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Take the Perito Moreno glacier, which we visited from El Calafate. This enormous valley glacier is renowned for giving visitors great spectacles of ‘calvings’ – where the ice crumbles from the front of the glacier. I’d seen a version of this already in Antarctica, but I was looking forward to seeing it from even closer up. We’d actually missed the biggest calving (where an entire ice bridge collapses and the glaciers starts receding again for a bit) by only a week – bad timing that seemed to haunt us all the way to Pucon.

Luckily, Perito Moreno didn’t disappoint. We started out with a boat trip, which enabled us to get really up close and personal with the ice. We saw a couple of small calvings from the boat, but what was most impressive was how blue the ice was. I’m not sure that we expected such a rich colour.

Off the boat, we walked some of the catwalks on land that offered several view points of the glacier. We stood and watched in anticipation, our eyes scanning the huge wall of ice. It’s not enough to wait until you hear the thunderous ice cracking – by then, it’s too late. But after a few minutes, there was a little crumble of ice that seemed to open up a waterfall – like the glacier had sprung a leak. We trained our cameras on the place: something was definitely afoot. The ice creaked and groaned. Then, finally, a piece the equivalent to a three storey-building broke off and plunged into the water, directly in front of us. Epic, epic, epic.

From El Calafate, we moved to El Chalten, home of Mount Fitzroy at the top of Los Glaciares National Park. This was where we could get even closer to the ice, but unfortunately for me, my knee was playing up after the W-trek and I didn’t want to aggravate it any further. Still, Lofty got to go ice-climbing on Argentina’s largest glacier – Viedma – abseiling down into crevasses and picking his way out. Me? I wasn’t jealous at all. Of course not.

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Lofty climbing a crevasse in Viedma glacier

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I mean, please don’t feel too bad for me. While in El Chalten, I did a small walk to a viewpoint of Mount Fitzroy, ate an enormous banana-and-chocolate covered waffle and spent two hours in an amazing spa having four different types of treatments. Not too shabby whatsoever!

Mt Fitzroy viewpoint

 

 

 

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Doing the W – Torres Del Paine, Patagonia, Chile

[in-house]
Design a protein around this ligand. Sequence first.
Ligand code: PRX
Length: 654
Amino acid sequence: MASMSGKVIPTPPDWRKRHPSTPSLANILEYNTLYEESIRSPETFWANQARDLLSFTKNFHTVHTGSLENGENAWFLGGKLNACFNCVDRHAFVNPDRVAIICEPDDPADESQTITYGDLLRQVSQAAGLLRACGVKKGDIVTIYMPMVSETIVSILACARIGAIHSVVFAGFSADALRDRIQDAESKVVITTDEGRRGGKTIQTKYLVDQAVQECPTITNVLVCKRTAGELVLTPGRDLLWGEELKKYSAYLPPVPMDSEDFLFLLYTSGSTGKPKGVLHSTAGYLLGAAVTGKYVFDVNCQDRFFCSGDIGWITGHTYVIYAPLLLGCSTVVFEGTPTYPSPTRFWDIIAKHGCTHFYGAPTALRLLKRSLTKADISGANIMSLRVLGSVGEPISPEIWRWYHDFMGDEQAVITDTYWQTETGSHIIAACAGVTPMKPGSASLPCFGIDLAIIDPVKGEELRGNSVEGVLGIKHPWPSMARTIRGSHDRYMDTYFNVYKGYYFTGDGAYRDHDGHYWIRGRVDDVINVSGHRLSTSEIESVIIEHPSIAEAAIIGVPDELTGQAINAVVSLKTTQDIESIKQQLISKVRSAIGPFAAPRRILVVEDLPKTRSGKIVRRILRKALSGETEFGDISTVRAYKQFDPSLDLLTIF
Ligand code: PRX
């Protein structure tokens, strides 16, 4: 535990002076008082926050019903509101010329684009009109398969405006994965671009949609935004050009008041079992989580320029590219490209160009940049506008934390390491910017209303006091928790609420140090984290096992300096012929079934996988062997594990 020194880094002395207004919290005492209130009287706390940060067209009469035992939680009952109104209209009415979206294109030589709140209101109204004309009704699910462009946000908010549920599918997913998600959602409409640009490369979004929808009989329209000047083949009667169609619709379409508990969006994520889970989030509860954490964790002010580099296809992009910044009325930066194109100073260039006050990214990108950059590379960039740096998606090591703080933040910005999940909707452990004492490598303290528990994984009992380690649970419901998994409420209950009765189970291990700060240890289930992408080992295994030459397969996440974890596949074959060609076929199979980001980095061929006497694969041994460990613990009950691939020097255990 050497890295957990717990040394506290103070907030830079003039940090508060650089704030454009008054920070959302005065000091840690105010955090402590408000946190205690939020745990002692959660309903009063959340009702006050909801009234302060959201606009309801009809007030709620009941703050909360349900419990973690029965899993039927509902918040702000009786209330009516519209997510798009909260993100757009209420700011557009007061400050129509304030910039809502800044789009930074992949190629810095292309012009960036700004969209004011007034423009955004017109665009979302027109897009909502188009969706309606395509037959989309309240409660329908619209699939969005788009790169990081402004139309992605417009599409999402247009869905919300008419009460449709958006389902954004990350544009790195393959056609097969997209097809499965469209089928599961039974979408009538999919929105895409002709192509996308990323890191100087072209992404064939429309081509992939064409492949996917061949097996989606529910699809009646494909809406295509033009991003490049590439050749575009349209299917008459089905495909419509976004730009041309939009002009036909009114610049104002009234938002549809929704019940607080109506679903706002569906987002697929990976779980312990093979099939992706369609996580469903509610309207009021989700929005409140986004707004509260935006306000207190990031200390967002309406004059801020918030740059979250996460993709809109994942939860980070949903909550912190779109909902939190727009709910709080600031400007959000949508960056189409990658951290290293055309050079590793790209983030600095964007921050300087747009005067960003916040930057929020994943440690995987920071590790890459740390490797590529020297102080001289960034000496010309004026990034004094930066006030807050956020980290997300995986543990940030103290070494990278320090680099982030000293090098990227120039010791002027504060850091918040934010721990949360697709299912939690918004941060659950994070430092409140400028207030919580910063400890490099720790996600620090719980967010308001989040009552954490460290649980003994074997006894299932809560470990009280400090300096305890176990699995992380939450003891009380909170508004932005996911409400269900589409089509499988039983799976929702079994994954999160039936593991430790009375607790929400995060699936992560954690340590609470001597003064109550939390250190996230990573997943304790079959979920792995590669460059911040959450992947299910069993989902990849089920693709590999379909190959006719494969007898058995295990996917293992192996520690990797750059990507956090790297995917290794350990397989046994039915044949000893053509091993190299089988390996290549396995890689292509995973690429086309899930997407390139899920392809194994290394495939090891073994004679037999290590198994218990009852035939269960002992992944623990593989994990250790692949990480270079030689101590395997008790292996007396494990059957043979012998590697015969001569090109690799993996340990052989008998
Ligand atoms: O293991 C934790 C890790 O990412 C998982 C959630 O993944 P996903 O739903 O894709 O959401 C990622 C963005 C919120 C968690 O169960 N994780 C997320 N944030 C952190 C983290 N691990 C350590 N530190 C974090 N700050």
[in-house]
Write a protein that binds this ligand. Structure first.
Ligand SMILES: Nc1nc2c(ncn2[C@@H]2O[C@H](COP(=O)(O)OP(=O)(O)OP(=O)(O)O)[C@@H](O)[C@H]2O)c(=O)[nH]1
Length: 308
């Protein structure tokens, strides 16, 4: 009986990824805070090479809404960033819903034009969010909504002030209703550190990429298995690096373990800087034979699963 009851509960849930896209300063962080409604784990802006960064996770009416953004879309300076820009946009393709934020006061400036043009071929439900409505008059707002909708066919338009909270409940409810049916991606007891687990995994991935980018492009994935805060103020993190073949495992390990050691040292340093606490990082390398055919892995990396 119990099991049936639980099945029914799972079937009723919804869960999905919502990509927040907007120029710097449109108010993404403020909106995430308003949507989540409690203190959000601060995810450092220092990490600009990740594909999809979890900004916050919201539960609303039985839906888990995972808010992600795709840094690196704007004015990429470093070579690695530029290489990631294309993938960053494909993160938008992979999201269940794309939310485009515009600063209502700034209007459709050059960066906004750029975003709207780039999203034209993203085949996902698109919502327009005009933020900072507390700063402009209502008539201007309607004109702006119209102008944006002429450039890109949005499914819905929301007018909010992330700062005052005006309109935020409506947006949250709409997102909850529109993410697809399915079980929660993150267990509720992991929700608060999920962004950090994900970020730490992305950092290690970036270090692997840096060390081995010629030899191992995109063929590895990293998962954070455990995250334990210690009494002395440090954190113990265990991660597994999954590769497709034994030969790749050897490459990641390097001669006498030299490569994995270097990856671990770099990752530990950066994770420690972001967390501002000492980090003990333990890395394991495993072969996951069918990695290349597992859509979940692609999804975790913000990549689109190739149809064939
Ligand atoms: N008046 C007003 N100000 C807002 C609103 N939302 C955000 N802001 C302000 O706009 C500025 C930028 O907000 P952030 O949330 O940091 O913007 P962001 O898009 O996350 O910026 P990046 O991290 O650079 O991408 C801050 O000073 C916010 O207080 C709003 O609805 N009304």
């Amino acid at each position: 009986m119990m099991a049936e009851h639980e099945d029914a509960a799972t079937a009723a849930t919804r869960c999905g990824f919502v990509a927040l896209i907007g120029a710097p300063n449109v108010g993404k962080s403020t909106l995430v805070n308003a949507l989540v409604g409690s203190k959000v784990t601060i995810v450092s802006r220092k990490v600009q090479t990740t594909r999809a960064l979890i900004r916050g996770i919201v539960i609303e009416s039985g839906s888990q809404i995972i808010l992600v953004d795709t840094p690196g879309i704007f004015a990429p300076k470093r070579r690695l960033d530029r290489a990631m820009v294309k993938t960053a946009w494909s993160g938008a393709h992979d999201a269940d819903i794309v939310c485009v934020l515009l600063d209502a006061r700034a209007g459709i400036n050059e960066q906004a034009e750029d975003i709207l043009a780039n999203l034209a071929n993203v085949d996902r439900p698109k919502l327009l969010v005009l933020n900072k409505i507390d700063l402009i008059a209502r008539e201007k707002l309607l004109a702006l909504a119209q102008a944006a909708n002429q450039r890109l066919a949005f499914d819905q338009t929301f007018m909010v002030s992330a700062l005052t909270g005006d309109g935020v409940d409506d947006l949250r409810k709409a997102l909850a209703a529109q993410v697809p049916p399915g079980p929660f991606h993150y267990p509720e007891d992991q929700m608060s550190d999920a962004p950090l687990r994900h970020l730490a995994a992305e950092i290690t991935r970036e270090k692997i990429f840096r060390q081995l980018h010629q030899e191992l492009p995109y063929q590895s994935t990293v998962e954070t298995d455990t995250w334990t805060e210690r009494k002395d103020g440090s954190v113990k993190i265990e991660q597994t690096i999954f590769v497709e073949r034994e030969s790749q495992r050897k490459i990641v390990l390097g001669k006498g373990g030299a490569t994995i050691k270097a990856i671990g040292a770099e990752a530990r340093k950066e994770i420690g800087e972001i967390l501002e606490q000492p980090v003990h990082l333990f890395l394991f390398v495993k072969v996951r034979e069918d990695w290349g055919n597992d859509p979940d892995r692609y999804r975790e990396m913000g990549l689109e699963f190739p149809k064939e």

Let me preface this blog post by saying that I am not a hiker, and neither is the other intrepid #alwardsontour, Lofty. But still, there was something about tackling three days of the world-renowned W-trek really appealed to us both, even though it meant diving in at the deep end: carrying our tents, food and clothes on our backs for over 60km. Call us crazy but it ended up being a great experience, and a real accomplishment to boot.

After the flat, monotonous scenery of the Chilean/Argentinian Steppe, driving into Torres del Paine was something of a shock to the eyes and the system. We drove past stunning glacial lakes, milky blue in colour, and huge granite peaks that seemed to pierce the sky.

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We only had two-and-a-half days to do the W-trek, which most people do in four. While a few very hardcore members of our group managed to get around the entire thing, the group I was walking with made the executive decision to cut back on one arm of the ‘W’ – so I suppose technically we did a cursive ‘U’ shape! We missed the trek to Glacier Grey as we knew we were going to see some very impressive glaciers later on in El Calafate and El Chalten.

The first stop was to pick up all our gear in Puerto Natales. We decided to rent a two-man tent (possibly the smallest tent known to mankind), a stove (which we shared with another couple), a cooking set (small pot, forks, spoons and bowls) and waterproof trousers. We also carried our sleeping bags, thermarests and lots of food and snacks! As for clothes, we brought one set for hiking and one for sleeping (a tiny bit gross, but hey – we were glad not to carry any extra weight! Underwear being the exception, of course!) We would pick up water along the way from glacial streams and otherwise camp at designated stops along the way. Tuna and rice would provide the mainstay of our meals – not the most exciting, but definitely nutritious.